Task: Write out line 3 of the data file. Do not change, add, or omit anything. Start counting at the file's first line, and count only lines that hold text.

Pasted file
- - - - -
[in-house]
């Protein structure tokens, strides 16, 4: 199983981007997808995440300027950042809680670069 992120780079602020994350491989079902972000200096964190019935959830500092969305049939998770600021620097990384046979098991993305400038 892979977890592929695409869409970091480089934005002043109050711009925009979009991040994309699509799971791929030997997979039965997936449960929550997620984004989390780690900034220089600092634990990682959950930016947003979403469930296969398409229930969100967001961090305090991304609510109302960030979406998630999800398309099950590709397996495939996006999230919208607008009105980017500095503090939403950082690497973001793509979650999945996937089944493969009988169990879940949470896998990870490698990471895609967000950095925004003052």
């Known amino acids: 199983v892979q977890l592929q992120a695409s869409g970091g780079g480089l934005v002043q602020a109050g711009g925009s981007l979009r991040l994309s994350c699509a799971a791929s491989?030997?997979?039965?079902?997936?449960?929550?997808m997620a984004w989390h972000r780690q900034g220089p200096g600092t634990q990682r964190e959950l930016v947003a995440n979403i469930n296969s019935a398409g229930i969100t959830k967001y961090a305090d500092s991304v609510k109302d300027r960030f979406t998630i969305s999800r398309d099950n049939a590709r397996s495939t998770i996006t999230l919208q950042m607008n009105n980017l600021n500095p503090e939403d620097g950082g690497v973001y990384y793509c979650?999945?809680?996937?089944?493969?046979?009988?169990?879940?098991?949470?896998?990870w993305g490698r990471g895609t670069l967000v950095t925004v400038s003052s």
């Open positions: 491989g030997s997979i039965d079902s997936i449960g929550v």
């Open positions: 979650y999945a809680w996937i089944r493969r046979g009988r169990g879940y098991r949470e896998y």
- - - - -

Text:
């Known amino acids: 199983v892979q977890l592929q992120a695409s869409g970091g780079g480089l934005v002043q602020a109050g711009g925009s981007l979009r991040l994309s994350c699509a799971a791929s491989?030997?997979?039965?079902?997936?449960?929550?997808m997620a984004w989390h972000r780690q900034g220089p200096g600092t634990q990682r964190e959950l930016v947003a995440n979403i469930n296969s019935a398409g229930i969100t959830k967001y961090a305090d500092s991304v609510k109302d300027r960030f979406t998630i969305s999800r398309d099950n049939a590709r397996s495939t998770i996006t999230l919208q950042m607008n009105n980017l600021n500095p503090e939403d620097g950082g690497v973001y990384y793509c979650?999945?809680?996937?089944?493969?046979?009988?169990?879940?098991?949470?896998?990870w993305g490698r990471g895609t670069l967000v950095t925004v400038s003052s």